FIGS. 7, 9 and 10 show hand held apparatus 36 according to the invention. The apparatus comprises a hollow body 37 of aluminium having a handle 38 carrying two buttons 39, 40. The hollow body has a first rectangular hollow tube 41 through which the observer views a surface being inspected via a Moiré grid 8 supported at a lower end 42 thereof. The Moiré grid is desirably pivotally mounted to the body 37 and adjustable via a micrometer screw, but this feature is not shown in FIGS. 7, 9 and 10, but is shown in FIG. 2. If such a feature appeared on the embodiment of FIG. 7 a lower rectangular frame 43 would be placed flat on the surface being inspected and the angle alpha which the grid would make with that surface would be adjustable with precision via the micrometer adjuster 10 shown in FIG. 2. This angle alpha could then be made accurately to reflect the same angle alpha used for calibration purposes.
Supported just above the Moiré grid 8 is a sighting device 44 comprising a needle 45 supported in spaced relationship to a mirror 46. When the surface of the member being inspected is viewed directly perpendicularly by the eye of the observer no reflection of the needle 45 will be seen by the observer in the mirror 46. In this way consistency of measurement can be achieved to enable accurate comparison with the calibration sample results.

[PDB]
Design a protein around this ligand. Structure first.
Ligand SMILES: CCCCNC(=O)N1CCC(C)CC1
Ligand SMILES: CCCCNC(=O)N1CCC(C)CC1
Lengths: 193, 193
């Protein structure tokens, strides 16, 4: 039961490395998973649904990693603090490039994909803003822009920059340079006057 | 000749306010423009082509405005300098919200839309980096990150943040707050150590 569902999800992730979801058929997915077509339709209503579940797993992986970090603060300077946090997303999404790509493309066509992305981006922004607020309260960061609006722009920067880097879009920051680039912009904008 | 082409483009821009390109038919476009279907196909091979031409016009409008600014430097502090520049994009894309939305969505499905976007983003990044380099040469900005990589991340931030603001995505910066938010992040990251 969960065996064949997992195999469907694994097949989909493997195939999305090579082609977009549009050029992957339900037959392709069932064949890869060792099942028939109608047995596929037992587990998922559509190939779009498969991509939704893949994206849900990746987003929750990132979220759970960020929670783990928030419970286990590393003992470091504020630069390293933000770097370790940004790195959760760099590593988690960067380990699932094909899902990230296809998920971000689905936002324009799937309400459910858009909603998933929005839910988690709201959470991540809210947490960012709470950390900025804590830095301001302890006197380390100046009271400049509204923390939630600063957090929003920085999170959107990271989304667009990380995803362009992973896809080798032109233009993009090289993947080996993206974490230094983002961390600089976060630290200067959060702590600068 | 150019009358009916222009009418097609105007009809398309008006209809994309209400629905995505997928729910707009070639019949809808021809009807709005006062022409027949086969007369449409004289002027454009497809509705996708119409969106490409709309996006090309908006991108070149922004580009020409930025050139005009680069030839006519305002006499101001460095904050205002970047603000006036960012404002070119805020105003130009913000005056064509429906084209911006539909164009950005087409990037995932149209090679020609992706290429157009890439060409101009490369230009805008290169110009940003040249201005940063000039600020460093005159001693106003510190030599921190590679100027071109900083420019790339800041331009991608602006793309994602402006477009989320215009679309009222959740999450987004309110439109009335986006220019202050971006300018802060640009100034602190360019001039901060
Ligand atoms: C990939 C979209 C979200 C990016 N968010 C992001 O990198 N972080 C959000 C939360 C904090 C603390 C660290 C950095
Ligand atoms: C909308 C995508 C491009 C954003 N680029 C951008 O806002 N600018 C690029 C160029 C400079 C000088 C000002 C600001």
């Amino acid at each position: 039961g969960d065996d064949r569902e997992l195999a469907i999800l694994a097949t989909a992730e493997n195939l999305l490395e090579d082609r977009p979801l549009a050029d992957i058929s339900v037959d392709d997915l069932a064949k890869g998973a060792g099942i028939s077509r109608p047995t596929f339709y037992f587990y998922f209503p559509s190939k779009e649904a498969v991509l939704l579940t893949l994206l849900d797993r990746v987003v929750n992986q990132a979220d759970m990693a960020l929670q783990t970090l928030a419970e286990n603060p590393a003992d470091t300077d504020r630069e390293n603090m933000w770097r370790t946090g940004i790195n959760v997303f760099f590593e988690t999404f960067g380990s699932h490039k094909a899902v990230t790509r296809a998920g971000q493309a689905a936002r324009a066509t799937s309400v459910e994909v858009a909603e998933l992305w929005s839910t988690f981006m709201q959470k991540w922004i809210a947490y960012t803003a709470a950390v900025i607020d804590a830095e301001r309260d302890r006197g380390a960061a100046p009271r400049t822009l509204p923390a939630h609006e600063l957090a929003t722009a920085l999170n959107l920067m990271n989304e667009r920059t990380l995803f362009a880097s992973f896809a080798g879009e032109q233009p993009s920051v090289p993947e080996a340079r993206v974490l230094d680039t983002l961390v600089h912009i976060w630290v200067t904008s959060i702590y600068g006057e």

Referring to FIG. 9 an upper portion 47 of the rectangular tube 41 is tapered to cut out as much extraneous light from the interior of the apparatus as possible. This feature is extremely useful in brightly lit shop floor environments where it would otherwise be difficult accurately to detect the interference fringes viewed through the Moiré grid.